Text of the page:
Two reality shows take two ethnicity paths
By R.D. Heldenfels
Two reality shows on CBS will try to make points about diversity. One has done it more noisily.
Survivor: Cook Islands arrives at 8 p.m. Thursday with a deliberately provocative notion: four tribes of five people each, divided along strict ethnic lines, in competition with each other.
For any competition, that would invite controversy. Survivor's past lack of diversity makes it seem even more cynical.
The Amazing Race, meanwhile, which has embraced diversity in different forms in its runs, begins its new season on Sept. 17 at 8:30 p.m. with one of its most diverse casts, executive producer Bertram van Munster said at a news conference this summer.
One of the most visible differences is the inclusion of two Cleveland friends, Bilal Abdul-Mani and Sa'eed Rudolph, whose Islamic faith extends to their wardrobe.
They will compete against 11 other pairs, including a father-daughter team in which the daughter is gay; a couple ofIndian-American descent; a gay male couple; and a team with a clinical prosthetist and a woman who has an artificial leg -- recent ESPY award winner Sarah Reinertsen. Also, cheerleaders and models.
The casting of an Islamic team even as America is marking the fifth anniversary of Sept. 11 can be seen as a healing move. Van Munster has said they ``give a phenomenal image of who they are.'' It can also feel exploitative, although van Munster said the anniversary was not a factor in their selection.
Given Race's record on race, van Munster is believable. Survivor's plan is harder to digest, especially when shows like Amazing Race and Fox's American Idol have been more openly diverse than Survivor.
Jeff Probst, the host of Survivor, said the decision to deal more directly with race came out of regular preseason discussions. Looking for a new direction, the show's staff decided it needed to address the lack of diversity -- and possible stereotyping -- on the program.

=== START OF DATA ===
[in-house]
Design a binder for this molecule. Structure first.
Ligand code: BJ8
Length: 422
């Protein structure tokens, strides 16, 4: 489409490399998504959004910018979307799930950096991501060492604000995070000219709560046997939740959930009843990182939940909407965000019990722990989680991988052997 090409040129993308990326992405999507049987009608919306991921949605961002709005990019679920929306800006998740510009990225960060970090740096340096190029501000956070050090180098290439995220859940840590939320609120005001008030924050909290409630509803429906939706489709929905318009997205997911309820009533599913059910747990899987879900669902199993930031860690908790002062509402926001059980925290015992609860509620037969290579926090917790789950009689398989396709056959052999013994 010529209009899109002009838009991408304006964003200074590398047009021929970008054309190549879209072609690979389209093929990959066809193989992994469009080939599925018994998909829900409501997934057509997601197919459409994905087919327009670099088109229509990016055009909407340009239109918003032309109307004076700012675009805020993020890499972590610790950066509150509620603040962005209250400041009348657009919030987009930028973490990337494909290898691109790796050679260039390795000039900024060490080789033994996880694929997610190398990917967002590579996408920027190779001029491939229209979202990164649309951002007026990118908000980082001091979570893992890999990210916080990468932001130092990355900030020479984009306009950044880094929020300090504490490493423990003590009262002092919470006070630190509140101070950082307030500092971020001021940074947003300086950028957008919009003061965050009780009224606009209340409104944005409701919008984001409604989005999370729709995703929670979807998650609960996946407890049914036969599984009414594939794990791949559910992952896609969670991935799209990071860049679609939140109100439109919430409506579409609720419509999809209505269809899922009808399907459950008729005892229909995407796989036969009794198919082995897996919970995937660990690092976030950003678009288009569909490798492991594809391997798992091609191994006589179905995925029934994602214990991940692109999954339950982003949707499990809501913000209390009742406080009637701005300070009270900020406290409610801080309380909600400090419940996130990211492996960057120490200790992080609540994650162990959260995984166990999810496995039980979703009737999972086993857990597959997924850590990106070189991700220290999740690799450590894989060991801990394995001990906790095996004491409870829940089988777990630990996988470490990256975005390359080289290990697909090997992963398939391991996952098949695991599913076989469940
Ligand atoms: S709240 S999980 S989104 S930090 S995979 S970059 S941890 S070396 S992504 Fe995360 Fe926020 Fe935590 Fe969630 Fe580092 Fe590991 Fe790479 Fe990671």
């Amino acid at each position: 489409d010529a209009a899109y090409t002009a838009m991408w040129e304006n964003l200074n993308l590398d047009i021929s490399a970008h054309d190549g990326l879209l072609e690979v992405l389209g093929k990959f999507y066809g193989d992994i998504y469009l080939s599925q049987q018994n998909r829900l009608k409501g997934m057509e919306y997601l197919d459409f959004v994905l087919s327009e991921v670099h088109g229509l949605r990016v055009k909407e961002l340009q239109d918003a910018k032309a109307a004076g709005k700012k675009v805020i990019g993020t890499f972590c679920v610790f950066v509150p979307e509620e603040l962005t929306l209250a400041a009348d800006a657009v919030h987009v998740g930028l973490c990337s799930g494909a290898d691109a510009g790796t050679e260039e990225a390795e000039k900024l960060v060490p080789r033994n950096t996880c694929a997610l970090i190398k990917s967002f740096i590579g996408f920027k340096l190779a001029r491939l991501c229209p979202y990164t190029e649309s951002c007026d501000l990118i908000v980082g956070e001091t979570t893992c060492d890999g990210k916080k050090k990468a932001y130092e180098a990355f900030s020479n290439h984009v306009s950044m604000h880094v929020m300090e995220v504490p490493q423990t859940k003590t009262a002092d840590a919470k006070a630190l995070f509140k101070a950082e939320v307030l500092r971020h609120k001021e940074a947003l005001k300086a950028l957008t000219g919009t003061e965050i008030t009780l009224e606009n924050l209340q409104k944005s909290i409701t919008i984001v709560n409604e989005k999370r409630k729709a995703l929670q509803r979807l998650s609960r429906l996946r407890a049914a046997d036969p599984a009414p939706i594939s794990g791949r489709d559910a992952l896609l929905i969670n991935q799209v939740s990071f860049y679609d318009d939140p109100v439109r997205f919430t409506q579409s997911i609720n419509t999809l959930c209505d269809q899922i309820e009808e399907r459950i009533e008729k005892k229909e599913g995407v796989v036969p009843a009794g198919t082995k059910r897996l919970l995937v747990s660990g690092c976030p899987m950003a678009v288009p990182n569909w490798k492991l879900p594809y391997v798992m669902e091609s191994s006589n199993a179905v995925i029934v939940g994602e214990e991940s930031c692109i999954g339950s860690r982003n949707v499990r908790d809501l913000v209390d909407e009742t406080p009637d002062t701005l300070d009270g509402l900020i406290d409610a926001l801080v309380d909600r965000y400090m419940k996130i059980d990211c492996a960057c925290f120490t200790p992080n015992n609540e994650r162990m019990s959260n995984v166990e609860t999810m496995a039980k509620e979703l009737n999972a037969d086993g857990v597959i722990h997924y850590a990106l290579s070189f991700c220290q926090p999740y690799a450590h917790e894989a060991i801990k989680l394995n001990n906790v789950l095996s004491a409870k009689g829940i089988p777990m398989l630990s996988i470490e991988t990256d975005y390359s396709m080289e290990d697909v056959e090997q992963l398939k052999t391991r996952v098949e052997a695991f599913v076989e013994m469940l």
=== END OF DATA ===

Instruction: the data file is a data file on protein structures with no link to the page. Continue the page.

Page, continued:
Probst said that about 85 percent of the people applying to Survivor are white. If only for that reason, Probst said, the rare people of color on the show are like beacons when they do not do well.
At the same time, he said, there are plenty of ridiculous white people on the show, but ``you can find one or two (whites) to root for.''
In order to improve its diversity, the show expanded its casting search this time, seeking out people of color. (Somehow, one third of the 20 contestants still ended up being from Los Angeles, but that's another diversity issue.)
And as would-be contestants were interviewed, Probst said, ``we kept coming up with the same idea, ethnic pride.'' That led to dividing tribes along ethnic lines, which Probst had expected to be seen as a positive move.
But when it was announced, the show came under fire from critics and politicians. A number of sponsor pull-outs were announced, although Probst said the show lost some key sponsors months ago, before the theme was known.
Still, in a telephone news conference Thursday, Probst insisted that the resulting show will be thought of as one of the five best Survivor series ever, and that the change in cast and concept invigorated him and the show.
There are three different love connections, for example, a record number of blind-sides in Tribal Council -- and, in the second episode, a discussion within one tribe about stereotyping.
``The show, in our minds, rebirthed itself,'' he said, noting that many of the players had never seen Survivor -- unlike the thoroughly schooled competitors in some recent seasons. ``It really did energize us.''
And, he said, ``At the end of the day, you will see that we handled it responsibly.''
But we'll have to wait until the show airs to know for sure. Breaking with recent tradition, CBS is not making the first installment of Survivor: Cook Islands available for preview.
Still, Amazing Race host Phil Keoghan said, ``You can't have diversity just for the sake of diversity.... (Teams) ultimately have to be interesting.''
But how people are seen makes a difference in a competition.
``Everybody's going to face extra challenges based on how they look, what color skin they have, how they behave, whether they're unshaven,'' Keoghan said. ``The real world isn't fair.''